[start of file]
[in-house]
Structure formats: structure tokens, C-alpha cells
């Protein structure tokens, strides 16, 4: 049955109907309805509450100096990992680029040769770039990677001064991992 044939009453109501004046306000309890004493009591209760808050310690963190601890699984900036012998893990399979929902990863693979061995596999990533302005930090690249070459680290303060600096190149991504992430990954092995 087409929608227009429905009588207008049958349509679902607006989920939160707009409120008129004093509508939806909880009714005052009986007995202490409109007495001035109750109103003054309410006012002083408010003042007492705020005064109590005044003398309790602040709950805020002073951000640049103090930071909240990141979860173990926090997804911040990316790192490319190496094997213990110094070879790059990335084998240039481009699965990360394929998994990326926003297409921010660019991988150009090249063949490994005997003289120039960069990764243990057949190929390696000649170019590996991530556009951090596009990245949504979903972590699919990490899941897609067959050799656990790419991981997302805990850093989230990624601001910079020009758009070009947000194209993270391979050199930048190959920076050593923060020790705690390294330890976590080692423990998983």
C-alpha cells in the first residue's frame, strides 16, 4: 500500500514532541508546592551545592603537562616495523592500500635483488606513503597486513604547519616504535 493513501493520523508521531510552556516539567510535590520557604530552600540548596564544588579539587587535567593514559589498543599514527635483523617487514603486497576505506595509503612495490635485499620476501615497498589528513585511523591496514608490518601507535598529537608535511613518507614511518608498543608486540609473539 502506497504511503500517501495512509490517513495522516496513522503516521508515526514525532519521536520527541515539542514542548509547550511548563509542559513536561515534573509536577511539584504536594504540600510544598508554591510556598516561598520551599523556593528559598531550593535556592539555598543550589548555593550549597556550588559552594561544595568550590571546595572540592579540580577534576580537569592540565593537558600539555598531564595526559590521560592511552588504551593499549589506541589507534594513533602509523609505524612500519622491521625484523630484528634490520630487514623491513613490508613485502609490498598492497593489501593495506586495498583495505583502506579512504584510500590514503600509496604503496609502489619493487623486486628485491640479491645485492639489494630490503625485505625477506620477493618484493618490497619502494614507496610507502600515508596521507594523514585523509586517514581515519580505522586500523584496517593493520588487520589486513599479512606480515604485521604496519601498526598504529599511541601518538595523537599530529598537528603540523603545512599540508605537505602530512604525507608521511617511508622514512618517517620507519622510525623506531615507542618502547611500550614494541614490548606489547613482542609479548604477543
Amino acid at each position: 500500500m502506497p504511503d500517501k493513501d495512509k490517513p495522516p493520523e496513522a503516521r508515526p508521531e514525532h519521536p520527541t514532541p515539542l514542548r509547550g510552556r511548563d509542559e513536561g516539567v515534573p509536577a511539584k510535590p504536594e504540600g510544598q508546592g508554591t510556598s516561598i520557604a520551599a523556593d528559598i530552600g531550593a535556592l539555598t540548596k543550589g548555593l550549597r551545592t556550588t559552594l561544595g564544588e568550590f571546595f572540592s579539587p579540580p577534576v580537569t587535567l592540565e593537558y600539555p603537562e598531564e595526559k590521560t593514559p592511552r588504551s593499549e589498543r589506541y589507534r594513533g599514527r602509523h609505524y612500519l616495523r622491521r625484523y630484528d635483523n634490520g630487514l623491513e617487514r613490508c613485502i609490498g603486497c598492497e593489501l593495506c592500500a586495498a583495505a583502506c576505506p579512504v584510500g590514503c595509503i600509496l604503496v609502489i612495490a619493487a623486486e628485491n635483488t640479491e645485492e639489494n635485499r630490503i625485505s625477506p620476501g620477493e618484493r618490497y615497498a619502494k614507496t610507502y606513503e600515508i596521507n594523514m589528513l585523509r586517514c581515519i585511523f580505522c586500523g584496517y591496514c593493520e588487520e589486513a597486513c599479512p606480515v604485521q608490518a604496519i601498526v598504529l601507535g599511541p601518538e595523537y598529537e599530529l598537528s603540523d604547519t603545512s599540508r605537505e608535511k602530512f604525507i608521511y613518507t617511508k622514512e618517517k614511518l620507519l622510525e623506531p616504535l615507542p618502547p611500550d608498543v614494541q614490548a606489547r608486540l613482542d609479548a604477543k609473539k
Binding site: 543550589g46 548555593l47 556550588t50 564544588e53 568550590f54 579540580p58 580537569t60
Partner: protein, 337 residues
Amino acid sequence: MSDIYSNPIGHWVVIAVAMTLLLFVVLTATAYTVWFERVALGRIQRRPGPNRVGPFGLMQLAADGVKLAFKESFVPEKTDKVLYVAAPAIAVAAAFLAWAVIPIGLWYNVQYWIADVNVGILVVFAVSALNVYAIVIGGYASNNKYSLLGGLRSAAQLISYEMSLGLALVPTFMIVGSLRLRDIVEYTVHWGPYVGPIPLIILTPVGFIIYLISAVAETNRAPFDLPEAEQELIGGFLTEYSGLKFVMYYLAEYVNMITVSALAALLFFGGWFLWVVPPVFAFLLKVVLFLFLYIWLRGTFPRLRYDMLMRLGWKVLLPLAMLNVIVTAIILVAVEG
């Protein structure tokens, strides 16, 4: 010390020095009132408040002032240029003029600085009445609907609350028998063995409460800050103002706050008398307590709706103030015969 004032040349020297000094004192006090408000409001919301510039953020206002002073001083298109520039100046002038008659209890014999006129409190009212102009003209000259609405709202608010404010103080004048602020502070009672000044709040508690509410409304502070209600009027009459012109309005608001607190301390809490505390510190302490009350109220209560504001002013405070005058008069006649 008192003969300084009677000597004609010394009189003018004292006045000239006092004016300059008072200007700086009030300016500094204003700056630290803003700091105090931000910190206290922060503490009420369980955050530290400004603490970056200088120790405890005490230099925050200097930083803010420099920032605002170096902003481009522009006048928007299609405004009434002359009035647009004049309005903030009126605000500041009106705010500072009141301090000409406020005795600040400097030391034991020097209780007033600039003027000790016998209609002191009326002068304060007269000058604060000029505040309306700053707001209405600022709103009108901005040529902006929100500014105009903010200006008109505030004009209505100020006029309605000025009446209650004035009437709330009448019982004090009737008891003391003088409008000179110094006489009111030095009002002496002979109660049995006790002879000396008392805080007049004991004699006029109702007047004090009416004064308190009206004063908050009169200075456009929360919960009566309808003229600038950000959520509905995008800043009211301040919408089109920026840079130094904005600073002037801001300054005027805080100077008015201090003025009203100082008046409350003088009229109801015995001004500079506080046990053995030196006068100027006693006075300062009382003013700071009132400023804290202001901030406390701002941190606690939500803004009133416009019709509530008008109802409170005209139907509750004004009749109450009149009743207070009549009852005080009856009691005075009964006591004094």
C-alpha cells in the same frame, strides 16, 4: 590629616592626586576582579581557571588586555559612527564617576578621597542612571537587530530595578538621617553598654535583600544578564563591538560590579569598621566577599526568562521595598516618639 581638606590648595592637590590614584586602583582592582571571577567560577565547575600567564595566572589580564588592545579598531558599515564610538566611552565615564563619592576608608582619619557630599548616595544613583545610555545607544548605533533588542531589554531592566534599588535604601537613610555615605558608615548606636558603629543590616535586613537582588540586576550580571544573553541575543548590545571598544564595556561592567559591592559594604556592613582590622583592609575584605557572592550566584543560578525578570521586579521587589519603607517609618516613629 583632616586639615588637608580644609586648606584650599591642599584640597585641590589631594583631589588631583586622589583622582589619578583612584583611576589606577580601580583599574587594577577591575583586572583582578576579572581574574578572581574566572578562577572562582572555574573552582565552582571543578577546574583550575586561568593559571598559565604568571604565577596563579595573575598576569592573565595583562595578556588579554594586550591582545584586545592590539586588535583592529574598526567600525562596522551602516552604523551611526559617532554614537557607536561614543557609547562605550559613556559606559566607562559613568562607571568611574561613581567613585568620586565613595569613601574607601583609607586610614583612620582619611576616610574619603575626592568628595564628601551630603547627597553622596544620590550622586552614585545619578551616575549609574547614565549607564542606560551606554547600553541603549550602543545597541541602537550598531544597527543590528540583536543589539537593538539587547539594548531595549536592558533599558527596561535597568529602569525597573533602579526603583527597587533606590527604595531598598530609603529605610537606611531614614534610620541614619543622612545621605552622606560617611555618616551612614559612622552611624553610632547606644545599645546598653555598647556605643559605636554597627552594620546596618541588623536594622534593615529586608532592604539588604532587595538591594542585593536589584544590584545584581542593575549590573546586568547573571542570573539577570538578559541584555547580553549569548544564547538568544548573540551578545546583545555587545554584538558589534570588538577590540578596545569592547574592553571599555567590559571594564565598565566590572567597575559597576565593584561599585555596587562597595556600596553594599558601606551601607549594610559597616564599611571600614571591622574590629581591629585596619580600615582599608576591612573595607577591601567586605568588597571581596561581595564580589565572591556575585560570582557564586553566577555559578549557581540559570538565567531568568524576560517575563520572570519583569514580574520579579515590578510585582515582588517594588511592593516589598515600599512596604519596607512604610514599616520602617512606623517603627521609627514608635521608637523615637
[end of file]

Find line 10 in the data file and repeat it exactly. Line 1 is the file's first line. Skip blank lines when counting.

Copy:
C-alpha cells in the same frame, strides 16, 4: 590629616592626586576582579581557571588586555559612527564617576578621597542612571537587530530595578538621617553598654535583600544578564563591538560590579569598621566577599526568562521595598516618639 581638606590648595592637590590614584586602583582592582571571577567560577565547575600567564595566572589580564588592545579598531558599515564610538566611552565615564563619592576608608582619619557630599548616595544613583545610555545607544548605533533588542531589554531592566534599588535604601537613610555615605558608615548606636558603629543590616535586613537582588540586576550580571544573553541575543548590545571598544564595556561592567559591592559594604556592613582590622583592609575584605557572592550566584543560578525578570521586579521587589519603607517609618516613629 583632616586639615588637608580644609586648606584650599591642599584640597585641590589631594583631589588631583586622589583622582589619578583612584583611576589606577580601580583599574587594577577591575583586572583582578576579572581574574578572581574566572578562577572562582572555574573552582565552582571543578577546574583550575586561568593559571598559565604568571604565577596563579595573575598576569592573565595583562595578556588579554594586550591582545584586545592590539586588535583592529574598526567600525562596522551602516552604523551611526559617532554614537557607536561614543557609547562605550559613556559606559566607562559613568562607571568611574561613581567613585568620586565613595569613601574607601583609607586610614583612620582619611576616610574619603575626592568628595564628601551630603547627597553622596544620590550622586552614585545619578551616575549609574547614565549607564542606560551606554547600553541603549550602543545597541541602537550598531544597527543590528540583536543589539537593538539587547539594548531595549536592558533599558527596561535597568529602569525597573533602579526603583527597587533606590527604595531598598530609603529605610537606611531614614534610620541614619543622612545621605552622606560617611555618616551612614559612622552611624553610632547606644545599645546598653555598647556605643559605636554597627552594620546596618541588623536594622534593615529586608532592604539588604532587595538591594542585593536589584544590584545584581542593575549590573546586568547573571542570573539577570538578559541584555547580553549569548544564547538568544548573540551578545546583545555587545554584538558589534570588538577590540578596545569592547574592553571599555567590559571594564565598565566590572567597575559597576565593584561599585555596587562597595556600596553594599558601606551601607549594610559597616564599611571600614571591622574590629581591629585596619580600615582599608576591612573595607577591601567586605568588597571581596561581595564580589565572591556575585560570582557564586553566577555559578549557581540559570538565567531568568524576560517575563520572570519583569514580574520579579515590578510585582515582588517594588511592593516589598515600599512596604519596607512604610514599616520602617512606623517603627521609627514608635521608637523615637